“There are as many as four generations of people living in these camps, all of whom have been taught from the outset to distrust Americans and to prepare for jihad. For some members, life in the camp is all they’ve ever known...”

Then she explains how the Muslims of America get away with what they are doing:

“...factors that reflect a combination of deception, political correctness, and public policy that inhibits the FBI’s ability to do their job. First, the FBI wants to avoid the appearance that it is scrutinizing Muslim organizations and/or is infringing on religious freedom. Second, MOA sets up religious/charitable causes to mask their illicit activities, intertwining good with bad. This enables them to play the victim card during investigation attempts.

“In other words, suicidal political correctness overrides our safety as United States law enforcement allows itself to be intimidated by faux charities that provide cover for terrorists.

“But perhaps the most significant barrier to our ability to take action is the fact that our State Department refuses to designate ul-Fuqra a terrorist organization despite unequivocal evidence that they are.

“ Ryan Mauro, national security researcher for CAN stated back in 2009: ‘law enforcement authorities do not have the tools they need to search these compounds…members involved in terrorist and criminal activity are being treated as if they are isolated incidents; rogue followers of an otherwise innocent cult.’

So we’ve got jihad training camps and sleeper cells scattered all across the United States ready to attack. And what are we doing about it? Precious little.”


The current resident of the White House may speak of “terror,” when confronting what happened in Orlando. But he will not say “Muslim” or “jihad,” and certainly doesn’t speak of a “caliphate.”  The terrorist who took 50 lives is represented as one angry man.  An “isolated incident,” as above.  He declines to confront the truth of the situation.

The question, then, is whether the American people are ready to deal with reality

Dry Bones gets it so very right:

Islamism,Islam, Muslim, terror, terrorism, Orlando, terror attack, LGBT, Media, MSM, media bias,Jihad,






On this subject, I also recommend you read Caroline Glick’s latest: “Is ISIS a GOP franchise?” (emphasis added):
“ the president sees things, if you oppose limitations on firearm ownership, then you're on Mateen's [the terrorist’s] side...

“To say that Obama's behavior is unpresidential is an understatement. His behavior is dangerous. It imperils the United States and its citizens.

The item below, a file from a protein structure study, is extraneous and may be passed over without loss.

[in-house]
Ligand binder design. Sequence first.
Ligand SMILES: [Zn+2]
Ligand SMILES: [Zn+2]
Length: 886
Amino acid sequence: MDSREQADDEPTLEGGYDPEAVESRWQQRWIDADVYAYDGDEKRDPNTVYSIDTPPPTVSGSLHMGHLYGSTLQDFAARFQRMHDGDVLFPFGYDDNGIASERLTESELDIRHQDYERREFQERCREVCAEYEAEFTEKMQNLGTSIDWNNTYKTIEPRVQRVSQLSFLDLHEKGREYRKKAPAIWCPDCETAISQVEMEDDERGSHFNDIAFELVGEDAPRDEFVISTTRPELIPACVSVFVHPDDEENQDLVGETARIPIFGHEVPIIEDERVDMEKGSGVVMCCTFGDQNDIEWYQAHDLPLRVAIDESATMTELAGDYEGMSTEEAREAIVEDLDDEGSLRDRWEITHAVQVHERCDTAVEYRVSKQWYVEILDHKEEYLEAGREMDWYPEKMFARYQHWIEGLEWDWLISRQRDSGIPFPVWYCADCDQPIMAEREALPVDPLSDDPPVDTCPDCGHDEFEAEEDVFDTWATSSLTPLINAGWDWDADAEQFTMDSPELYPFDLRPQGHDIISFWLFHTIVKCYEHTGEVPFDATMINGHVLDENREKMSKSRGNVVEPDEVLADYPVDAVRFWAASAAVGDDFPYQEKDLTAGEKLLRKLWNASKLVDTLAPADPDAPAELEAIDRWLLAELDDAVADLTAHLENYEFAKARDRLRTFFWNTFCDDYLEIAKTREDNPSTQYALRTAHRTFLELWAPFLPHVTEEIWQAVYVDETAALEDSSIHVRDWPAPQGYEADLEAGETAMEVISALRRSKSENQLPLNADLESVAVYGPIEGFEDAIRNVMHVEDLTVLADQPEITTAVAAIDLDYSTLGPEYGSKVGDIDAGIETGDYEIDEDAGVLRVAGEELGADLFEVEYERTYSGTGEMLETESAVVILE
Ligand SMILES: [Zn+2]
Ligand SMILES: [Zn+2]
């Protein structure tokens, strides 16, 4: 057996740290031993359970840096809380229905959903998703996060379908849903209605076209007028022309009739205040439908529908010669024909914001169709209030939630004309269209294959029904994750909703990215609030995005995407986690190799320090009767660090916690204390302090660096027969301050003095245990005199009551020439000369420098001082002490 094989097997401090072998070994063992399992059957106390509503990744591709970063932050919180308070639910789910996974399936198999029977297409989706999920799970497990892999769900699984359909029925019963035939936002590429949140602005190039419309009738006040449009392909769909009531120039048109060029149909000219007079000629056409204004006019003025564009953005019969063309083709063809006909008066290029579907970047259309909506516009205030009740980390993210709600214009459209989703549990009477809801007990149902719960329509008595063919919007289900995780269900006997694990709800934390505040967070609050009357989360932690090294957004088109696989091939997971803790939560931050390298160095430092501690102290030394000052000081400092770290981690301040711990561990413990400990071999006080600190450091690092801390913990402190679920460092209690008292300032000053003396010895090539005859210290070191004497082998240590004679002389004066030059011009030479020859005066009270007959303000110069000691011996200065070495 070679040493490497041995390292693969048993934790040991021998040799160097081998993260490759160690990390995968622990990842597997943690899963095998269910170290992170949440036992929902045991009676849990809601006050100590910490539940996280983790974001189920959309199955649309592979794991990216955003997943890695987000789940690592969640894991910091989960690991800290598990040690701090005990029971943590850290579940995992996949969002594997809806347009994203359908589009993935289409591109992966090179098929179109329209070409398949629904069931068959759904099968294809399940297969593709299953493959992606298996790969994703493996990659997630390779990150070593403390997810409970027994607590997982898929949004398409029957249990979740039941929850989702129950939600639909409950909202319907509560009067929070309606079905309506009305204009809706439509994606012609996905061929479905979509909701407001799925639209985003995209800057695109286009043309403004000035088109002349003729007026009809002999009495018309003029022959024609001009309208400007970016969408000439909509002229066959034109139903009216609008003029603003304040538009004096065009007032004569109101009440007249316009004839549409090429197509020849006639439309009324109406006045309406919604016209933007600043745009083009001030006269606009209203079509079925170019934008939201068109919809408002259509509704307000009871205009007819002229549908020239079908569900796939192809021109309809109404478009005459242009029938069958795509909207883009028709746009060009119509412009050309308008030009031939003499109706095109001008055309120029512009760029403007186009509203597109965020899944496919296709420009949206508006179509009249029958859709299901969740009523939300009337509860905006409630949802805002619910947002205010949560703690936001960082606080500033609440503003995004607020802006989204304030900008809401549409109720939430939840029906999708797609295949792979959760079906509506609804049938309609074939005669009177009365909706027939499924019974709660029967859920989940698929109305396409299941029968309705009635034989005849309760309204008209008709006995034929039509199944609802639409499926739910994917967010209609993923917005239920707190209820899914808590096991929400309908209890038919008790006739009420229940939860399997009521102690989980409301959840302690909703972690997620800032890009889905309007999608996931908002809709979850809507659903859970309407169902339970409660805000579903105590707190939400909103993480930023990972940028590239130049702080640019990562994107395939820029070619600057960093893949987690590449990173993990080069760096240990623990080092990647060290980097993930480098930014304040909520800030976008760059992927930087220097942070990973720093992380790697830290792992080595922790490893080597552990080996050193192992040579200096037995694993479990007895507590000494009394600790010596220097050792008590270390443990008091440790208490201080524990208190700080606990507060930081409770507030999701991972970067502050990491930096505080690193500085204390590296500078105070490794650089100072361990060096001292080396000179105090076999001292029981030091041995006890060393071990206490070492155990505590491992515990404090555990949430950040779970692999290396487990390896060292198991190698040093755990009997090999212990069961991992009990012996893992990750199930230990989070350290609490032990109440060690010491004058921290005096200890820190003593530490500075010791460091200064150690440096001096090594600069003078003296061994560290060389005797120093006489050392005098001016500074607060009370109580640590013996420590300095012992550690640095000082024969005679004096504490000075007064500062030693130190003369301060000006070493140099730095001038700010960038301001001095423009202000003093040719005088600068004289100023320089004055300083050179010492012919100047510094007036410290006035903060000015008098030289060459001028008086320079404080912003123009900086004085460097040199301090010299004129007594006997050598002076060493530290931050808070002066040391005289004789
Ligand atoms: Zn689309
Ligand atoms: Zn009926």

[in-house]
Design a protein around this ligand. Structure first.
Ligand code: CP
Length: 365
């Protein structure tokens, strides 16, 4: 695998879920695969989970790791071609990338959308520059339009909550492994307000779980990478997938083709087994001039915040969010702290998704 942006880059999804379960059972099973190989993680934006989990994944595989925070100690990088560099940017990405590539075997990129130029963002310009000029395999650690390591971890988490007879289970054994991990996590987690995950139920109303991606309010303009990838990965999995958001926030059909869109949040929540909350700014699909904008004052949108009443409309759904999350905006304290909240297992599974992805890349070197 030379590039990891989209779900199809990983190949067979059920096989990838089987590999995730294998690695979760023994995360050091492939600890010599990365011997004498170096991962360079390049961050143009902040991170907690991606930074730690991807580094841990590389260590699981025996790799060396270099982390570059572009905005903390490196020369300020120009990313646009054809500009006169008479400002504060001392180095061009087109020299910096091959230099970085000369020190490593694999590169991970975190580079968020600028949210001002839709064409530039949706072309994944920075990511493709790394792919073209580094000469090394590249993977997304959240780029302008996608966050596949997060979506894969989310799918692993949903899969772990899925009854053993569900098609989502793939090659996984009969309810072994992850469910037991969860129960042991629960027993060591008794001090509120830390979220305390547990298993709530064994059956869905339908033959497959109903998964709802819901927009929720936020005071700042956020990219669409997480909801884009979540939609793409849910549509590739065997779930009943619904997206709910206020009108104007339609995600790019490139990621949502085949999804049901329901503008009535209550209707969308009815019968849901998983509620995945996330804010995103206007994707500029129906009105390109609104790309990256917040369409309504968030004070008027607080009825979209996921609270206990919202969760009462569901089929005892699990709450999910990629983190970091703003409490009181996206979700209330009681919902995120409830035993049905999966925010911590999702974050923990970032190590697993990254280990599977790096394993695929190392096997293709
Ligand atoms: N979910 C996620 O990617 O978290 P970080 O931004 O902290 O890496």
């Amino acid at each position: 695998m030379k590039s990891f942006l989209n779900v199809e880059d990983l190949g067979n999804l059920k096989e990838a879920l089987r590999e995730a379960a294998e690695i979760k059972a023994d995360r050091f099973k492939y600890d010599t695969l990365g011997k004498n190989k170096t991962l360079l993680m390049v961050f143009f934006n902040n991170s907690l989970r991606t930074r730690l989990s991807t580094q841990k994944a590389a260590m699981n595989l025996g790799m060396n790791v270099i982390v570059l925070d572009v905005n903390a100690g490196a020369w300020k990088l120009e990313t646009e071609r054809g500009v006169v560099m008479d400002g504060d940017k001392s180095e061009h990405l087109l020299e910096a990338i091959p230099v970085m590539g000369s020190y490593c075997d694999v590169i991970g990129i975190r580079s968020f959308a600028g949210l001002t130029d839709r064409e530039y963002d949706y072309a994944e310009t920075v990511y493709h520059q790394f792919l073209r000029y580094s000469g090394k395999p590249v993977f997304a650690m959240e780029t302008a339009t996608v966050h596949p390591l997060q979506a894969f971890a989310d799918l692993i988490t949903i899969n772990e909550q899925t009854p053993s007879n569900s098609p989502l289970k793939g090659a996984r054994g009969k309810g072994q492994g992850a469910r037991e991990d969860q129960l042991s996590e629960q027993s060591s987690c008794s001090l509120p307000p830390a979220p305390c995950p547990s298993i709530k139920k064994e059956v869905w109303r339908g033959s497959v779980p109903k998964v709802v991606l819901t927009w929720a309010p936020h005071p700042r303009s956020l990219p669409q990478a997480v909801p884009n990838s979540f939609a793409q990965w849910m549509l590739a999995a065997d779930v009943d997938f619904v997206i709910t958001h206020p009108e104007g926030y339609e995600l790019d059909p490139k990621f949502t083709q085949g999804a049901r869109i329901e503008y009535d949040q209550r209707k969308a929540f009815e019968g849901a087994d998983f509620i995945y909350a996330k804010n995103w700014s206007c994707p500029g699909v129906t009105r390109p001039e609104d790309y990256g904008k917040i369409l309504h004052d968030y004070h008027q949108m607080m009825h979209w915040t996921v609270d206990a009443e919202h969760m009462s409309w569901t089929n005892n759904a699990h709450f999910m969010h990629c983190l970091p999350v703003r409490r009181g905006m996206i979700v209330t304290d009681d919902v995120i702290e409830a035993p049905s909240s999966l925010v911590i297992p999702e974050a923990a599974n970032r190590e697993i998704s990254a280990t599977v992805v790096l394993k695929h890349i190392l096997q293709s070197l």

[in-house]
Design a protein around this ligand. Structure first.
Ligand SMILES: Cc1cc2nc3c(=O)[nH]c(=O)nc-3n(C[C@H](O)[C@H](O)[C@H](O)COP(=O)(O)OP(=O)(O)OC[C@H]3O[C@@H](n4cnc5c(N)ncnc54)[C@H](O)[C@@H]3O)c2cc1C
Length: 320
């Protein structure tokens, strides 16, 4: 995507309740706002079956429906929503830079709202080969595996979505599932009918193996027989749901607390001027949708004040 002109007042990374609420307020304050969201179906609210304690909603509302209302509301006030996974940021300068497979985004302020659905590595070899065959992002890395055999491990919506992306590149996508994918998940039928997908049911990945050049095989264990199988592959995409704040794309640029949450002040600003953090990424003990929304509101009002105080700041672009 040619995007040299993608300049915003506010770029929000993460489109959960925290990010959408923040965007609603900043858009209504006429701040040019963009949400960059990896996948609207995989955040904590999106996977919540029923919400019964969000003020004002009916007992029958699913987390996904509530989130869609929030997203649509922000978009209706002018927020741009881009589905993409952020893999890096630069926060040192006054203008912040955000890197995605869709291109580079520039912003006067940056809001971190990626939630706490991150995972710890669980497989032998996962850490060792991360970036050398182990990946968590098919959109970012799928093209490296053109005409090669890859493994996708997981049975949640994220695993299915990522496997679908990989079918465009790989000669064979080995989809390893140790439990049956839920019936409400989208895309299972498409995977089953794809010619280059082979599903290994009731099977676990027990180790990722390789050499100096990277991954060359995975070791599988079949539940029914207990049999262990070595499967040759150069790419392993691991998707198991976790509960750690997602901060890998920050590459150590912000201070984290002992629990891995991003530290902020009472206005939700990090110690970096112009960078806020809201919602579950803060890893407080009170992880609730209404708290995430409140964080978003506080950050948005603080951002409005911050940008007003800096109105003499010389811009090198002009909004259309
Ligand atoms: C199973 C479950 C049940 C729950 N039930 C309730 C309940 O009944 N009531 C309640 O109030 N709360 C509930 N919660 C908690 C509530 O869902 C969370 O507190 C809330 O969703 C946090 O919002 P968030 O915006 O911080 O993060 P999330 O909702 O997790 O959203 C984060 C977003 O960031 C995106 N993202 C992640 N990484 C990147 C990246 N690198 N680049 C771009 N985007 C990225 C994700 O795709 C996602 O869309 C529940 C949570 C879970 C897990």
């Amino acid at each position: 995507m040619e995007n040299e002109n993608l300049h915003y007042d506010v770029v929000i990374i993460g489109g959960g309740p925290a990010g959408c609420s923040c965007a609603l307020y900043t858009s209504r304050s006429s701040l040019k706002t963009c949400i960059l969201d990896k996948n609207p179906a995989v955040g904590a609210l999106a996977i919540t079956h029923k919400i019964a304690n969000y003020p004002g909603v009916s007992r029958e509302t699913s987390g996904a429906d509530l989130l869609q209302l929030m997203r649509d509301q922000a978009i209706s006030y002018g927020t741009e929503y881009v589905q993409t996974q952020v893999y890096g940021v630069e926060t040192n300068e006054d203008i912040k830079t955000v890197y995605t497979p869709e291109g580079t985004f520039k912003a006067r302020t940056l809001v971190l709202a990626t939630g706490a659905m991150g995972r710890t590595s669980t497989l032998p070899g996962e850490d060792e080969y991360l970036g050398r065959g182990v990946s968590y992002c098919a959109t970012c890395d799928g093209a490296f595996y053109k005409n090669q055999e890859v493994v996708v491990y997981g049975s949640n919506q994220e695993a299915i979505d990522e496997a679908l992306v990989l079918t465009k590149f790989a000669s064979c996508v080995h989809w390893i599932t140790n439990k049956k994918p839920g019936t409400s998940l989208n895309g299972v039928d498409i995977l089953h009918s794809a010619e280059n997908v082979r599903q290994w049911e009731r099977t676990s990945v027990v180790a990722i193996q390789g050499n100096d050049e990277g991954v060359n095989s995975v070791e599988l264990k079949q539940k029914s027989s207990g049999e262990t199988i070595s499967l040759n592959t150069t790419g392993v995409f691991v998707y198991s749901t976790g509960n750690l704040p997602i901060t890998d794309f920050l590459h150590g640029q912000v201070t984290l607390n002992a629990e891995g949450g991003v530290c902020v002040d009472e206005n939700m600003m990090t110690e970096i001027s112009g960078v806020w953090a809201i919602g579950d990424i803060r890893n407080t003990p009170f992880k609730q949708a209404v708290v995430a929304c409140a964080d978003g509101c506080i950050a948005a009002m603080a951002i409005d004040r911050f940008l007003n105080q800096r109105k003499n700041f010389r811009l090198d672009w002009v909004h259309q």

”Adolf Hitler did not go to war against Great Britain because he opposed parliamentary democracy. Hitler went to war against Britain because he wanted to rule the world and Britain stood in his way.

”Just so, Islamic jihadists are not sides in America's domestic policy debates about gun ownership and gay rights. Islamic jihadists like Mateen, the Tsarnaev brothers from Boston, Nidal Malik Hassan at Ft. Hood, Elton Simpson and Nadir Soofi at Garland, Texas, Syed Farook and Tashfeen Malik in San Bernadino didn't decide to slaughter innocents because of their passionate opposition to the liberal takeover of the US Supreme Court.

They killed Americans because they thought that doing so advances their goal of instituting the dominion of Islamic totalitarians across the world. They oppose freedom and democracy because democracy and freedom stand in the way of their goal to subordinate humanity to an Islamic caliphate.

”...The most devastating, and at this point clearly premeditated, outcome of Obama's refusal to name the cause of the violence is that he has made it illegitimate to discuss it. He has made it controversial for Americans to talk about Islamic supremacism, extremism, violence and war for world domination.

”He has made substantive criticism of his policies tantamount to bigotry. And he has rendered the public debate about the most salient strategic threat to American lives, liberty and national security a partisan issue.

Today in Obama's America, only Republicans use the terms Islamic terrorism or radicalism or jihad. Democrats pretend those things don't exist.”
Here in Israel, as my readers know, we had a terror attack last Wednesday night.  There was one man present who was shot in the head at close range, twice. Miraculously, he survived.  His father was quoted in the news, as he opined that, “The solution [to terror attacks] is obviously diplomatic. Until we have a two-state solution, we have to protect our children.”
This father is not the only one who thinks this way, and yet his comment – his supposition that terror would cease if we gave the Palestinian Arabs a state - left me absolutely aghast.  And determined to counter his “observation” with a solid, albeit necessarily abbreviated, dose of reality.
It occurred to me then, as it has innumerable times in the past, that, in a situation such as this, we see a primary difference between those politically on the left and those on the right. On the left there is a tendency to believe that every problem has a solution, which can be approached via reason and kindness.  On the right we recognize the existence of evil, with which it is impossible to bargain.